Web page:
A new study speculates that robots employed to monitor the running of future cities will be capable of feeding themselves with waste from public toilets.
British engineers are already working on an artificial ‘heart’ which turns urine into a power source for a robot called EcoBot. EcoBot will be capable of functioning independently in city environments by collecting waste and converting it into electricity.
Robotics expert Peter Walters, of the University of the West of England, said: “We speculate that in the future, urine-powered EcoBots could perform environmental monitoring tasks such as measuring temperature, humidity and air quality.
“In the city environment, the robots could recharge using urine from urinals in public lavatories. In rural environments, liquid waste could be collected from farms.
“We might see these EcoBots in our cities in the next two years, monitoring pollution and light and maybe even monitoring traffic levels.
“We could eventually see robotic traffic lights, powered by urine.”
Scientists predict that robots will have an increasingly important part to play in city life. All over the world city planners are creating super-efficient ‘smart cities’ where infrastructure and resources are all centrally regulated.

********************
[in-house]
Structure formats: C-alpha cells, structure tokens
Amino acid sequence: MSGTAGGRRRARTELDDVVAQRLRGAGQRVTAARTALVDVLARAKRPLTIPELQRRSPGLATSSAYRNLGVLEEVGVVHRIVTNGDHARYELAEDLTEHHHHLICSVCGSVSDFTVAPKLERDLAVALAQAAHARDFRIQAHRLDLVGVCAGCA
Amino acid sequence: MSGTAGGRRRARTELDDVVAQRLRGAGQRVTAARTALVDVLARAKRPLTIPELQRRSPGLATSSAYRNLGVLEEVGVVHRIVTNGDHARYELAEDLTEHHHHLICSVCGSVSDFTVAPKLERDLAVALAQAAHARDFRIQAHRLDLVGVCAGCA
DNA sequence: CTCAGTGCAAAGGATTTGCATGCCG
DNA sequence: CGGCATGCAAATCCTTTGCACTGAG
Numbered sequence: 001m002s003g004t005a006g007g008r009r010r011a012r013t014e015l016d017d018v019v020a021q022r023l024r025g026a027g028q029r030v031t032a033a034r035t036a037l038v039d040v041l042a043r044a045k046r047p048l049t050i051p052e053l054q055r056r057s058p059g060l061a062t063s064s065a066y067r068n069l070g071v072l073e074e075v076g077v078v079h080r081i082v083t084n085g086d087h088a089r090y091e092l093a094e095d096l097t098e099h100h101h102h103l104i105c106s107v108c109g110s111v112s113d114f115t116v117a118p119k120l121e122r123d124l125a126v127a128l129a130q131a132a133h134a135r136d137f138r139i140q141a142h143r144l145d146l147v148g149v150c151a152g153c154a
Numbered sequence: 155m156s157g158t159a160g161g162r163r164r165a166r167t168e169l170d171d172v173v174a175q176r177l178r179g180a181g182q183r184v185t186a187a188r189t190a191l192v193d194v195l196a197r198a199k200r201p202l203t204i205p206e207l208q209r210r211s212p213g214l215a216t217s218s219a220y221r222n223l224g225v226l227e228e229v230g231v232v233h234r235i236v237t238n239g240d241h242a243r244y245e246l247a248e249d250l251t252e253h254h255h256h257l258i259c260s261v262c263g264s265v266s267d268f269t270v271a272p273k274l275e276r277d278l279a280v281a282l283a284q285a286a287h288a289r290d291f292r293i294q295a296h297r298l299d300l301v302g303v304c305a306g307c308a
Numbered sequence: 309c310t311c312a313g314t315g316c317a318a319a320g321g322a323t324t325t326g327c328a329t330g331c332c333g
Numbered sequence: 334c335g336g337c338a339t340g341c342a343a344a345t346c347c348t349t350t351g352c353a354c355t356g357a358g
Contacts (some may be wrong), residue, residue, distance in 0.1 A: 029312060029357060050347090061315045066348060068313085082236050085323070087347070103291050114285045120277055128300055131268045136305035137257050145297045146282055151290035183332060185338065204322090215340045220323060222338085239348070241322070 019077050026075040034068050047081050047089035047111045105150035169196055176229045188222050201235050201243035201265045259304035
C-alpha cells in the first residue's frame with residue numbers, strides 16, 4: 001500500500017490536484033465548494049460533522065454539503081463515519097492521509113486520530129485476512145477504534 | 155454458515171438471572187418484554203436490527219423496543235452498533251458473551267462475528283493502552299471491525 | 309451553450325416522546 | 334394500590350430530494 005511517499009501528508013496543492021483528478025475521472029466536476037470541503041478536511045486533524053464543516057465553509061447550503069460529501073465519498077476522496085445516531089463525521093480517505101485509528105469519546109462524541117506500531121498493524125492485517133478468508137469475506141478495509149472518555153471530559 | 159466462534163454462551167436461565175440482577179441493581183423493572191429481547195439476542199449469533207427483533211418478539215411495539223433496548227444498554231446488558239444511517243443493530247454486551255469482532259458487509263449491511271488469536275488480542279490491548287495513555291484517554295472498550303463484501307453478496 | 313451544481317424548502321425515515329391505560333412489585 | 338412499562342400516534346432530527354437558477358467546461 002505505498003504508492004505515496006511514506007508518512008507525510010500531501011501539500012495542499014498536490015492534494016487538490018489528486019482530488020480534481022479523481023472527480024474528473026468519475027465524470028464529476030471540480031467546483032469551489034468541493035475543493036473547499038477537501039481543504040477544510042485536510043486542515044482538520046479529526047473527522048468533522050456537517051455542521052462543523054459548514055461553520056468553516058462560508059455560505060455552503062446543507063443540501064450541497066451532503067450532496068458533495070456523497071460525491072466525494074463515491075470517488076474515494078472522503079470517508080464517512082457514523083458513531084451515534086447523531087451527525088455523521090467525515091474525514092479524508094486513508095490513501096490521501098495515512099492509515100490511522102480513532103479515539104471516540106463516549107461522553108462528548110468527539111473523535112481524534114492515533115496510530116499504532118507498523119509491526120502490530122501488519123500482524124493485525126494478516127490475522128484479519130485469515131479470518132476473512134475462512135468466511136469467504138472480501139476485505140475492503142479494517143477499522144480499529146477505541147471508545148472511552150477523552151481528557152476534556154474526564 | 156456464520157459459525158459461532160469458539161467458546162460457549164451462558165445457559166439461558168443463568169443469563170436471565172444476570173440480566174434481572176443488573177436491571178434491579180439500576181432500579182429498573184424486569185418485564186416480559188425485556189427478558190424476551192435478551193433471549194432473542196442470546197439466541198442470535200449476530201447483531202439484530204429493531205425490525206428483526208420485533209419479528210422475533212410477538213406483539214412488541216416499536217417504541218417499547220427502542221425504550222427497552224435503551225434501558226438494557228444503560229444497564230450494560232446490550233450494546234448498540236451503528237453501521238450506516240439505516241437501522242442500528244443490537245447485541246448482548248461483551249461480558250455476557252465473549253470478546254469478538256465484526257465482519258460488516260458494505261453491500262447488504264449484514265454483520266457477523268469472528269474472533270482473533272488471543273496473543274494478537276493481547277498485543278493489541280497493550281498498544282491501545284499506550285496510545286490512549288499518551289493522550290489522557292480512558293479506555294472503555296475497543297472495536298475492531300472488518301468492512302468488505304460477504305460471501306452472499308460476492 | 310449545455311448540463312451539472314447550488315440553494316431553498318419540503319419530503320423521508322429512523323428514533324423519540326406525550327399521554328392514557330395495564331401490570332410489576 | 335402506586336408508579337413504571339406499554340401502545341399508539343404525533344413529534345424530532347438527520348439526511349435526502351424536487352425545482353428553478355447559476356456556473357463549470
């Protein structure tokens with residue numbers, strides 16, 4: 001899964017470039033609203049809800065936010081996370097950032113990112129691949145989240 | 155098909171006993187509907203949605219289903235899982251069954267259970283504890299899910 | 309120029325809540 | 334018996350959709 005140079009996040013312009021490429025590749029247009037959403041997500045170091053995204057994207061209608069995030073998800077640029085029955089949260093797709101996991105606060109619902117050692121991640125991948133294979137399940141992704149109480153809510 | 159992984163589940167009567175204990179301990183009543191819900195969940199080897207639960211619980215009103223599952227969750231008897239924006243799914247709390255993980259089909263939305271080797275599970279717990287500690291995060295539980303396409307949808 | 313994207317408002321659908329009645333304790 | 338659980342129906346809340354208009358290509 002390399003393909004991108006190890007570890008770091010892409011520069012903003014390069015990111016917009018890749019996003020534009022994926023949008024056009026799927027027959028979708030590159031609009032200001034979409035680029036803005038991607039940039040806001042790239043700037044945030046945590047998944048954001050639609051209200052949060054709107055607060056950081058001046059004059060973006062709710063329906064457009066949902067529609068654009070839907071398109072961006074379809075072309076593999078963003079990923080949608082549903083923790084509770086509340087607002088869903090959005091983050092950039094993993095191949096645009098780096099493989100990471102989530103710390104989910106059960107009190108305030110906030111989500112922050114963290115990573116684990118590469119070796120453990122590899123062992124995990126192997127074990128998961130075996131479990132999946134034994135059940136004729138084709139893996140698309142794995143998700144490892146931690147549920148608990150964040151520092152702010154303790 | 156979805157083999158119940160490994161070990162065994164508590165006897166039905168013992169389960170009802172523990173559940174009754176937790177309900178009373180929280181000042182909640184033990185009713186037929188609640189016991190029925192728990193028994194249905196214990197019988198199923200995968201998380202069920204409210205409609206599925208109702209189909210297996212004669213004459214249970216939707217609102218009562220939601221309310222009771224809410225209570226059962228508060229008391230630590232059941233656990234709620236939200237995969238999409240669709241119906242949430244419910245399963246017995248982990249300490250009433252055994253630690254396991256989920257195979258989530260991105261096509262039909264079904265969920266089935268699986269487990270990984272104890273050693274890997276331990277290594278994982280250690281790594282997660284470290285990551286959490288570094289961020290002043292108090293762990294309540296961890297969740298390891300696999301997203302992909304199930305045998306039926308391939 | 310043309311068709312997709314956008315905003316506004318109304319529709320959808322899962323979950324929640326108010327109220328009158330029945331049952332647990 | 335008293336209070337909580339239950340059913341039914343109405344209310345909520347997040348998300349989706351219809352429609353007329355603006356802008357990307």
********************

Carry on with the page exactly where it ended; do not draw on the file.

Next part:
It is believed that urine-powered EcoBots could be deployed as monitors in areas where it would be better not to send humans, such as those with dangerous levels of pollution.
It has already been shown that robots can generate their energy from rotten fruit and vegetables, dead flies and waste water.
The ‘heart’ device in EcoBot supplies urine to 24 microbial fuel cells which generate enough electricity to power the robot and charge a capacitor which keeps the heart pumping.
The device is made from high-tech material which resembles human tissue in its ability to retain its shape.
Hailing the ingenuity of the design, Mr Walters said: “The artificial heartbeat is mechanically simpler than a conventional electric motor-driven pump by virtue of the fact that it employs artificial muscle fibres to create the pumping action, rather than an electric motor.”
The device has been tested and the results have been published today (OCT 8) in the journal ‘Bioinspiration and Biomimetics’ by IOP Publishing.
Researchers are based at the Bristol Robotics Laboratory – a joint venture between the University of the West of England and University of Bristol.